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Building capacity at board level in the financial sector should be a top priority


Comments / {{hitsCtrl.values.hits}} Views / Friday, 1 July 2016 00:15


Untitled-1Given the governance issues in the NBFIs, the regulator’s initiative to assist commercial banks and NBFIs to achieve the highest standards of personal and organisational performance by conducting regular bank directors’ symposiums to educate bank directors in the past was one of those “best practices” for corporate governance and is a great initiative to prepare commercial banks for the long term and also to build a pipeline of directors with the right skills and competencies to strengthen the bank’s resilience to meet current and future challenges and to help banks to play its role as the national economic enabler. 

The Central Bank being proactive without being reactive in the area of director education is good for the banking system in general and also good for the development of capacity within banks. In addition, would certainly be looked upon favourably by all the stakeholders (depositors and shareholders) of the commercial banks, given the fact the three pillars of a resilient banking system is profitability, capital and liquidity buffers and good governance.  

Governance 

Today banks occupy a special position of trust in the national economy. It is emphasised that they have broader responsibilities that go beyond their shareholders and employees by virtue of the role they play as managers of public deposits. If the responsibilities are to be effectively discharged, it is important that persons of the right calibre are appointed to boards and updated. 

While integrity is an essential pre-requisite, this alone is not sufficient and directors must be people who are alert and have the capacity to understand the inherent risks taken on by an institution and objectively analyse the proposals submitted by management on various aspects of a firm’s operations. Therefore, essential qualities of independent directors are curiosity, courage, persistence, have a good knowledge of the business, aware of the risks taken by the entity, able to manage the dynamics with the executive and demonstrate emotional intelligence to address issues constructively. 

However, it is equally important that a board has competence within it, which embraces other disciplines such as law, economics, marketing, human resource management and technology, so that a multidisciplinary approach is taken to managing risks, to challenge the strategy constructively to grow the business and also to make succession changeovers less distressing for the organisation.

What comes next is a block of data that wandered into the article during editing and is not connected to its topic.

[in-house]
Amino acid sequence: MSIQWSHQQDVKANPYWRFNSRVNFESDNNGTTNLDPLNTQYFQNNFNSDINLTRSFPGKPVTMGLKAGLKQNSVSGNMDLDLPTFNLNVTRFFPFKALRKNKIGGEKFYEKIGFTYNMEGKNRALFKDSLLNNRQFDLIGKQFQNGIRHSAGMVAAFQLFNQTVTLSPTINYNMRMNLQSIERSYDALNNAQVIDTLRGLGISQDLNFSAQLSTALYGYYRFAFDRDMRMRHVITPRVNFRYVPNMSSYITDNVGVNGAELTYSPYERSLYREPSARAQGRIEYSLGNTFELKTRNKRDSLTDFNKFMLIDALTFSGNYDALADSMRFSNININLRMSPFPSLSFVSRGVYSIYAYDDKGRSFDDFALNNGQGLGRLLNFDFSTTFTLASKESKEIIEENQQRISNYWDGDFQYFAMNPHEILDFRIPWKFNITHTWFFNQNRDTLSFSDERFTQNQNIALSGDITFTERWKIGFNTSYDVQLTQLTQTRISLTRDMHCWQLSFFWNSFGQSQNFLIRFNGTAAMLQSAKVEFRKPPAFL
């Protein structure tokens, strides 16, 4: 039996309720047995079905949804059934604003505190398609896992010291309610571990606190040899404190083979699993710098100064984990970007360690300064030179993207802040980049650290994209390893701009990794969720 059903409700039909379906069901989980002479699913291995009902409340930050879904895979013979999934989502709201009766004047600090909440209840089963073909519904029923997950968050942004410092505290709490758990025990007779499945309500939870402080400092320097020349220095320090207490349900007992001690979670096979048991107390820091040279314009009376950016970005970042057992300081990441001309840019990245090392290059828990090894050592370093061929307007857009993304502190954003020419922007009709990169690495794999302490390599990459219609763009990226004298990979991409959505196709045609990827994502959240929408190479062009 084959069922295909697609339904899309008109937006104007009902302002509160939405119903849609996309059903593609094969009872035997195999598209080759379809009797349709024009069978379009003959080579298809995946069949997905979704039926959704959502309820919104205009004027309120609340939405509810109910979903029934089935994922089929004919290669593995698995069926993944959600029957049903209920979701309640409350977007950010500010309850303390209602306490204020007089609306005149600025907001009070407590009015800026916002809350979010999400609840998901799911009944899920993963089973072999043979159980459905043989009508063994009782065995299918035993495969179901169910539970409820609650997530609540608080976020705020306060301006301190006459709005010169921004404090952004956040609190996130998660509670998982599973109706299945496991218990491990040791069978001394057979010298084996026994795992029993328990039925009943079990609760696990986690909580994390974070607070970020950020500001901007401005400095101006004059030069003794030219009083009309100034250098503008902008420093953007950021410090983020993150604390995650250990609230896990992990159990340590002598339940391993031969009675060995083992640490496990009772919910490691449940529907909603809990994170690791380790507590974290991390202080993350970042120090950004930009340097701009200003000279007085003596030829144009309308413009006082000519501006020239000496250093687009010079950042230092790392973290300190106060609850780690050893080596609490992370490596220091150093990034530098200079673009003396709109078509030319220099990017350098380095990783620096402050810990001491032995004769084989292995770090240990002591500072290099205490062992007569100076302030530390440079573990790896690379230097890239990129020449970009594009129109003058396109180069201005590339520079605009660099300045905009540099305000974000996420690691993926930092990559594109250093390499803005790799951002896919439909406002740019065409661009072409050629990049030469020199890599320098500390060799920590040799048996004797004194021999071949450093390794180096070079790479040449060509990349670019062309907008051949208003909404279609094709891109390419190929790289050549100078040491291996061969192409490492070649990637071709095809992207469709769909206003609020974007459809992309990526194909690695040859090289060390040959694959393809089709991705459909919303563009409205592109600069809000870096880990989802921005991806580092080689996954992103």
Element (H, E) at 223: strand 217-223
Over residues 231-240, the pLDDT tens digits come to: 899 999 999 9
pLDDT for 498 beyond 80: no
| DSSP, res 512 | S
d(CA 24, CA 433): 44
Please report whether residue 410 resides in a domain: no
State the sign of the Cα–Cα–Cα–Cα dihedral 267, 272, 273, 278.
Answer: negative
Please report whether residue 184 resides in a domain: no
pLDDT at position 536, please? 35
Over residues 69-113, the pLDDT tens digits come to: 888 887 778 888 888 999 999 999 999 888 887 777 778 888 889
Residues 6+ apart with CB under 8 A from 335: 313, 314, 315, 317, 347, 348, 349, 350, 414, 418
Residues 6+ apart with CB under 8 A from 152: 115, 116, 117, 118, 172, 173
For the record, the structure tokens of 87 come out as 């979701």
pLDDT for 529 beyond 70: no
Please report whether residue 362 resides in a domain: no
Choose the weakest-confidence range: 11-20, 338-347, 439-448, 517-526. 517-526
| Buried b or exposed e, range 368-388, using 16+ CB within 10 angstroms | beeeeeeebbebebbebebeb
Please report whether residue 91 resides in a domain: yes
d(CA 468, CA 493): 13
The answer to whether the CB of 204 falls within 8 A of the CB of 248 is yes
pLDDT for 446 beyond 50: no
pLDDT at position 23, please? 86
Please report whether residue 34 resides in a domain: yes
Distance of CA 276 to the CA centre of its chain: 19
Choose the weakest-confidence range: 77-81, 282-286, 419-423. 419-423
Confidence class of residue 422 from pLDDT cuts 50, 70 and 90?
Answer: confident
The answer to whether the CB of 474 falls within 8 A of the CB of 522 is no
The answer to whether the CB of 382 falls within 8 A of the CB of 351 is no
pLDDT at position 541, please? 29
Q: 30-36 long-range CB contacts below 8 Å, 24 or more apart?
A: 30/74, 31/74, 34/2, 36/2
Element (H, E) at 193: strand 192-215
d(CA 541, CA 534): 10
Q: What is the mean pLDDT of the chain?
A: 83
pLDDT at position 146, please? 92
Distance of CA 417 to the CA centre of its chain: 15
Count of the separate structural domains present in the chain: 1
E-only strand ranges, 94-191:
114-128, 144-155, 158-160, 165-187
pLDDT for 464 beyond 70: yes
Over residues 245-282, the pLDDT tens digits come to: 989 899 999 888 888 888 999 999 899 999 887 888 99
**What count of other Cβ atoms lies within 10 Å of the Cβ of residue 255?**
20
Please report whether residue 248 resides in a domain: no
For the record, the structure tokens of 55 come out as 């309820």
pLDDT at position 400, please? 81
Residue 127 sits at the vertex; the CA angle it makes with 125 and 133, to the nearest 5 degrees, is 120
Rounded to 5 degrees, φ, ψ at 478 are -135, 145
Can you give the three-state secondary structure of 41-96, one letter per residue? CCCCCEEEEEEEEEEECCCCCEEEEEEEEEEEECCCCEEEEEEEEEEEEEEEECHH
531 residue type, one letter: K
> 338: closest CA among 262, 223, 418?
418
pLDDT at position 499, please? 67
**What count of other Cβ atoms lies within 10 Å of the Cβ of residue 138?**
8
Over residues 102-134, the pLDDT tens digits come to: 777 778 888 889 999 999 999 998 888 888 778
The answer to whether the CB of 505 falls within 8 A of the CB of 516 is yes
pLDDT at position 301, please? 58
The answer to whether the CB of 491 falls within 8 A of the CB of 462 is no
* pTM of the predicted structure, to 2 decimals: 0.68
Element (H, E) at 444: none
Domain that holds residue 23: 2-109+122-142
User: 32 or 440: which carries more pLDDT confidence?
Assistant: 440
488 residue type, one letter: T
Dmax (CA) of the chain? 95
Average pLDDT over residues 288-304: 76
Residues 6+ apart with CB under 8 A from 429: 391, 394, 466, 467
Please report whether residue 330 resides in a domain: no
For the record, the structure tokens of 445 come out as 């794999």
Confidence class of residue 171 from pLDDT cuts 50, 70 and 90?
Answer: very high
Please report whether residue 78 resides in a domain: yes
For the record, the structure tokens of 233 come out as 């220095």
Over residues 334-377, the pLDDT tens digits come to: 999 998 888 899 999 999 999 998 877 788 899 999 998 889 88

Building capacity at board level

Therefore given the complexity and the responsibility of the director’s job, the challenge for a director to continually stay abreast of developments in the financial markets is today a challenge, moreover there is a need for bigger and better banks to propel Sri Lanka towards the 10 trillion-asset target by 2016. Therefore the financial sector needs to ramp up the skills pipeline as well have directors that understand the complexity of a financial institution. Therefore a properly designed director education policy with CPD would help to build capacity within the banking sector. 

The structure however of a director education policy needs to be carefully crafted but does not have to be long, but it should address at least the following issues: Firstly, director education must either be mandated, required, recommended or encouraged? Will the directors be evaluated after the course or do they obtain the requisite director education annually? What type of education qualifies as director education? 

Core course curriculum

At a minimum, a core course curriculum should cover the following topics: Corporate Governance/Fiduciary Duties – What are a bank director›s responsibilities? How should the Board of Directors govern itself to help it do the job it is required to do, and what are the keys to independence? Essential Board reports, financial statements, bank performance reports, and reports of examination – What are they and how to read and understand them. Red Flags, what are they, how to become aware of them, and what to do about them?

Understanding external audit, internal audit, internal controls, and the role of the Audit Committee. 

The role of the Board and Credit committees. Asset/Liability management and bank investments Risk Management Principles – What do the bank regulators expect, and what does the Board need to do? The Board›s role in strategic planning? The use of third party suppliers and contractors? The evaluation of the CEO and the Board and the selection and nomination of new Directors. CEO compensation and Board oversight responsibilities. Finally, Basic bank legal, regulatory rules and disclosures that all bank directors need to know and steps to minimise potential personal liability. 

(The writer was a bank director from 2003-2014.)


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